Relationship between baseline physical activity assessed by pedometer count and new-onset diabetes in the NAVIGATOR trial

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http://hdl.handle.net/10138/299730

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Kraus , W E , Yates , T , Tuomilehto , J , Sun , J-L , Thomas , L , Mcmurray , J J V , Bethel , M A & Holman , R R 2018 , ' Relationship between baseline physical activity assessed by pedometer count and new-onset diabetes in the NAVIGATOR trial ' , BMJ Open Diabetes Research & Care , vol. 6 , no. 1 , e000523 . https://doi.org/10.1136/bmjdrc-2018-000523

Title: Relationship between baseline physical activity assessed by pedometer count and new-onset diabetes in the NAVIGATOR trial
Author: Kraus, W.E.; Yates, T.; Tuomilehto, J.; Sun, J.-L.; Thomas, L.; Mcmurray, J.J.V.; Bethel, M.A.; Holman, R.R.
Contributor: University of Helsinki, Clinicum
Date: 2018
Language: eng
Belongs to series: BMJ Open Diabetes Research & Care
ISSN: 2052-4897
URI: http://hdl.handle.net/10138/299730
Abstract: Objective: Physical activity is related to clinical outcomes, even after adjusting for body mass, but is rarely assessed in randomized clinical trials. Research design and methods: We conducted an observational analysis of data from the Nateglinide and Valsartan in Impaired Glucose Tolerance Outcomes Research trial, in which a total of 9306 people from 40 countries with impaired glucose tolerance and either cardiovascular disease or cardiovascular risk factors were randomized to receive nateglinide or placebo, in a 2-by-2 factorial design with valsartan or placebo. All were asked to also participate in a detailed lifestyle modification programme and followed-up for a median of 6.4 years with progression to diabetes as a co-primary end point. Seven-day ambulatory activity was assessed at baseline using research-grade pedometers. We assessed whether the baseline amount of physical activity was related to subsequent development of diabetes in individuals with impaired glucose tolerance. Results: Pedometer data were obtained on 7118 participants and 35.0% developed diabetes. In an unadjusted analysis each 2000-step increment in the average number of daily steps, up to 10 000, was associated with a 5.5% lower risk of progression to diabetes (HR 0.95, 95%CI 0.92 to 0.97), with >6% relative risk reduction after adjustment. Conclusions: Physical activity should be measured objectively in pharmacologic trials as it is a significant but underappreciated contributor to diabetes outcomes. It should be a regular part of clinical practice as well. © 2018 Author(s) (or their employer(s).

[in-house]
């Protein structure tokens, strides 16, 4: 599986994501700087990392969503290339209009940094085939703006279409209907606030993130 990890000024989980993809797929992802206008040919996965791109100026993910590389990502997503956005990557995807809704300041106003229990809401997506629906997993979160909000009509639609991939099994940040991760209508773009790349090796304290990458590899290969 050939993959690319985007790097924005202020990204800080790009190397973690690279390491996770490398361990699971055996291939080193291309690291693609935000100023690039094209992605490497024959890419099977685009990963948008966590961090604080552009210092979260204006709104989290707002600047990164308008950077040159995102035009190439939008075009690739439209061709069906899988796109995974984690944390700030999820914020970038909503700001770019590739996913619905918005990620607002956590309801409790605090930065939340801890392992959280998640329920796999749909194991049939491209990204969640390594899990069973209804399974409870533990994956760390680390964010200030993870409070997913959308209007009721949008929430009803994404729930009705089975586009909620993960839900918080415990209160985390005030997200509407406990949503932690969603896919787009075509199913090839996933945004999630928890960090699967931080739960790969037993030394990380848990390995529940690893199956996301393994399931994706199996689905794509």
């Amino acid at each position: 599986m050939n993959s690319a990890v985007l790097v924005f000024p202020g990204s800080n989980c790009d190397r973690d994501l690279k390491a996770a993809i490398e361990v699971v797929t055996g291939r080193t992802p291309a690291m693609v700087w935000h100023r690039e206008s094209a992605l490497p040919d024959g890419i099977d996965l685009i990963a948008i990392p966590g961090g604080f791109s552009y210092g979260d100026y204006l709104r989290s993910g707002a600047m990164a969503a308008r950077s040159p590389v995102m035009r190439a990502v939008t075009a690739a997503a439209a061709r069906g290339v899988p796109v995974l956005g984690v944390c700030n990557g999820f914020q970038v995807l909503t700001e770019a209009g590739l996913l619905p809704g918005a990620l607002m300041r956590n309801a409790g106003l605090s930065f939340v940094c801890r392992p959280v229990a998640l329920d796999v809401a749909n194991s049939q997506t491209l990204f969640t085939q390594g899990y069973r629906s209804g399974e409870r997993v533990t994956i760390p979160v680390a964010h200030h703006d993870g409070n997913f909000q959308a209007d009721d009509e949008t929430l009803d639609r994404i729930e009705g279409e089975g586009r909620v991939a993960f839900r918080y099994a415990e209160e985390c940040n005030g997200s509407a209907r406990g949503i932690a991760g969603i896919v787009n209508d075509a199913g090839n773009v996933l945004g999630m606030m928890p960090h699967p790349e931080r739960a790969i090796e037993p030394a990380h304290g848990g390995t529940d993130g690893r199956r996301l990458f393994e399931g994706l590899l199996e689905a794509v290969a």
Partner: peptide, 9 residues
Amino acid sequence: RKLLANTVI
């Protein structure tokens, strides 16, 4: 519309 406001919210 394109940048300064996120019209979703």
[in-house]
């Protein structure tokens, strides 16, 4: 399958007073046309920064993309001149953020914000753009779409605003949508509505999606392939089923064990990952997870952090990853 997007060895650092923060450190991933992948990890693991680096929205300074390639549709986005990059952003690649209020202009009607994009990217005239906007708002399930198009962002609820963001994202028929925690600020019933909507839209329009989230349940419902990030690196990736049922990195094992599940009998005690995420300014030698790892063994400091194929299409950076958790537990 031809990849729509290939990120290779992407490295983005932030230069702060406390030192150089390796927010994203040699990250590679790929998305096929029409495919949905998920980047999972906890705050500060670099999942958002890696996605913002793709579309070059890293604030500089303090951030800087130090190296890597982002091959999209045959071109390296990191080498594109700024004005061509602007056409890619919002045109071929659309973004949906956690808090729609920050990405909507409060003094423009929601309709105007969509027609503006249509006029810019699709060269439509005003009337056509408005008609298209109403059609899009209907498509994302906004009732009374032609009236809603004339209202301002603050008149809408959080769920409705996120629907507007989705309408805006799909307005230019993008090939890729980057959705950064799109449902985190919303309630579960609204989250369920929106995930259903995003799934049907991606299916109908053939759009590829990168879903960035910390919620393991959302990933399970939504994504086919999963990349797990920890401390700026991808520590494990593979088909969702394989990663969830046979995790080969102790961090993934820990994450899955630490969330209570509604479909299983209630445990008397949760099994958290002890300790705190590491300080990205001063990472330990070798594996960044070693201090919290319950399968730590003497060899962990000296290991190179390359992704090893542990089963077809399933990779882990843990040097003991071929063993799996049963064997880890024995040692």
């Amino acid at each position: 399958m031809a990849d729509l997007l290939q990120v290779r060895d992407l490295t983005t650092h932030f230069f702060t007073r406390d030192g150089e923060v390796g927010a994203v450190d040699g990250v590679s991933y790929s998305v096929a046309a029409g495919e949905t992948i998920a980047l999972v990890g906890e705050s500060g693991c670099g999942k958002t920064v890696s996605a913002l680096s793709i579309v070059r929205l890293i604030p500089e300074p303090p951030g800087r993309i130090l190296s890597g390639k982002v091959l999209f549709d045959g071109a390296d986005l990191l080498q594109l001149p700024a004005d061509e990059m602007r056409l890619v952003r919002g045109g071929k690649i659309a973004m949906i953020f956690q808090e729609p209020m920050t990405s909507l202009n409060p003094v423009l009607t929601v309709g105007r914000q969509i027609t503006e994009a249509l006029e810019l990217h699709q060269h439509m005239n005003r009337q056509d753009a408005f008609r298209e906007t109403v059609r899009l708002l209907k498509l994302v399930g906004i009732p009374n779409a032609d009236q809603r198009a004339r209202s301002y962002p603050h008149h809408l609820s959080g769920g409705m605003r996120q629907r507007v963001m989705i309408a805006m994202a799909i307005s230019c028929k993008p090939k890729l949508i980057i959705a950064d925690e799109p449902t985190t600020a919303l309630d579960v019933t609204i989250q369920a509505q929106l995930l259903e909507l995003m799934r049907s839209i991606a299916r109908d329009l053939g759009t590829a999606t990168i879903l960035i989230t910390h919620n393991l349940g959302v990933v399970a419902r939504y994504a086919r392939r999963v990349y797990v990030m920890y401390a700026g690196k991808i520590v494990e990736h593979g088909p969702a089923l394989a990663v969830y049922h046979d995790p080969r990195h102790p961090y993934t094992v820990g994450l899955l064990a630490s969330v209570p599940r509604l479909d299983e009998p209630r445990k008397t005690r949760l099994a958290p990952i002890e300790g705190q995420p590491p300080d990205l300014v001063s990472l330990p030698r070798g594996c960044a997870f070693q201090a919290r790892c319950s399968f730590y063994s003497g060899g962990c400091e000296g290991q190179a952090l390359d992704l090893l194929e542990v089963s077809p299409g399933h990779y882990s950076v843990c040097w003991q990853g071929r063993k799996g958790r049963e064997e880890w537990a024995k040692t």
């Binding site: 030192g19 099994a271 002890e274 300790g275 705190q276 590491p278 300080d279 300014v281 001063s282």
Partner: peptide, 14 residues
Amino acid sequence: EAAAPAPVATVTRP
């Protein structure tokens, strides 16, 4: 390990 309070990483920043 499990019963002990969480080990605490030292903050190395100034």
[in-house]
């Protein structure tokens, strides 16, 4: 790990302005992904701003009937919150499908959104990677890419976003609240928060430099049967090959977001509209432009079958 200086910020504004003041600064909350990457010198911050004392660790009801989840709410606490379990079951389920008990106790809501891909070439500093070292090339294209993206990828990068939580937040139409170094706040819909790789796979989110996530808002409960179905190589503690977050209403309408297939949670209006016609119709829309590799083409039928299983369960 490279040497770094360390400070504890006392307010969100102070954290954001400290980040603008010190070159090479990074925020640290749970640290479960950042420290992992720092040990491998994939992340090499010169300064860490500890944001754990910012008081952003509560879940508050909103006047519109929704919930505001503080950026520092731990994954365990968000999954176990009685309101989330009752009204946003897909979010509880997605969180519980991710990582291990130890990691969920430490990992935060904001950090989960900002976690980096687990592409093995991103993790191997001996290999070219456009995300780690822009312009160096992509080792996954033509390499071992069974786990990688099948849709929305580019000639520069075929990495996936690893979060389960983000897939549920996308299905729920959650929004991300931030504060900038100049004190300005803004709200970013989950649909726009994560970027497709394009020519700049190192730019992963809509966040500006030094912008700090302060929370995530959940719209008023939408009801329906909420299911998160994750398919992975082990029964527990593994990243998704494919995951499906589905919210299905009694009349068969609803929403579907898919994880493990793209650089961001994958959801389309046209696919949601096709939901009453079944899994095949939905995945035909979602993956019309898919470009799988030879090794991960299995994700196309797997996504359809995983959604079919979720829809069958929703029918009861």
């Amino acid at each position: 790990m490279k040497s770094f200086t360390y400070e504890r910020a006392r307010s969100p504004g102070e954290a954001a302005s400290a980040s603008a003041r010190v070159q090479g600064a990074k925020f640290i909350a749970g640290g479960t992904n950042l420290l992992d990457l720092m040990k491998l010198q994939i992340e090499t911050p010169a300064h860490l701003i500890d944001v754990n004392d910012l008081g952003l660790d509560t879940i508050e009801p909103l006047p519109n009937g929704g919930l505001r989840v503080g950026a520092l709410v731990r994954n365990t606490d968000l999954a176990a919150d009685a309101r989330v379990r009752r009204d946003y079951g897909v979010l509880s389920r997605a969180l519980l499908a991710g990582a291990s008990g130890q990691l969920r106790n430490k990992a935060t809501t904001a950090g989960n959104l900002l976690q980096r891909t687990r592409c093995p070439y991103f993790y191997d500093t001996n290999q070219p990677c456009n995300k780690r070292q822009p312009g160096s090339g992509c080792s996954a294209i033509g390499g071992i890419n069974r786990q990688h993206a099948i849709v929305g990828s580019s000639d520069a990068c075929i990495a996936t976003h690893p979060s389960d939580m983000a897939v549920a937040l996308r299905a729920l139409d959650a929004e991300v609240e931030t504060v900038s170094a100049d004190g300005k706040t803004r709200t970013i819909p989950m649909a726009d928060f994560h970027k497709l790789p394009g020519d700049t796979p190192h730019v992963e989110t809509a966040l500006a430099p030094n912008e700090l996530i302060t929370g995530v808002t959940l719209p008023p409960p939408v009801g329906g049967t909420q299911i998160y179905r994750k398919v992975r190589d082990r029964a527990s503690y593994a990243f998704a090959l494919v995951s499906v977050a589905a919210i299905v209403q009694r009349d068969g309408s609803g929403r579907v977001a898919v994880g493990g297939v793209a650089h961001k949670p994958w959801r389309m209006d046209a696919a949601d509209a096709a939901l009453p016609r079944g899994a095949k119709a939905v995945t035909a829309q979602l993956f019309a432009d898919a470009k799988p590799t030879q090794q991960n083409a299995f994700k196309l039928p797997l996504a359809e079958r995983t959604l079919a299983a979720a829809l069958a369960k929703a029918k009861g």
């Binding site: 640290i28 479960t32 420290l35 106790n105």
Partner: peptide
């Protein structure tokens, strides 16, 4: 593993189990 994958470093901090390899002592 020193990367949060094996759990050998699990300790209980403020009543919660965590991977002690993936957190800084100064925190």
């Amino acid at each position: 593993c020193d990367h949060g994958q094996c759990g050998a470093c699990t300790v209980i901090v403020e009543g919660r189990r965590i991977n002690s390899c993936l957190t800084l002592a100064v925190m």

Subject: nateglinide
placebo
valsartan, adult
aged
Article
body mass
cardiovascular disease
cardiovascular risk
clinical outcome
controlled study
diabetes mellitus
disease exacerbation
double blind procedure
female
follow up
human
impaired glucose tolerance
lifestyle modification
major clinical study
male
observational study
physical activity
randomized controlled trial
risk reduction
3141 Health care science
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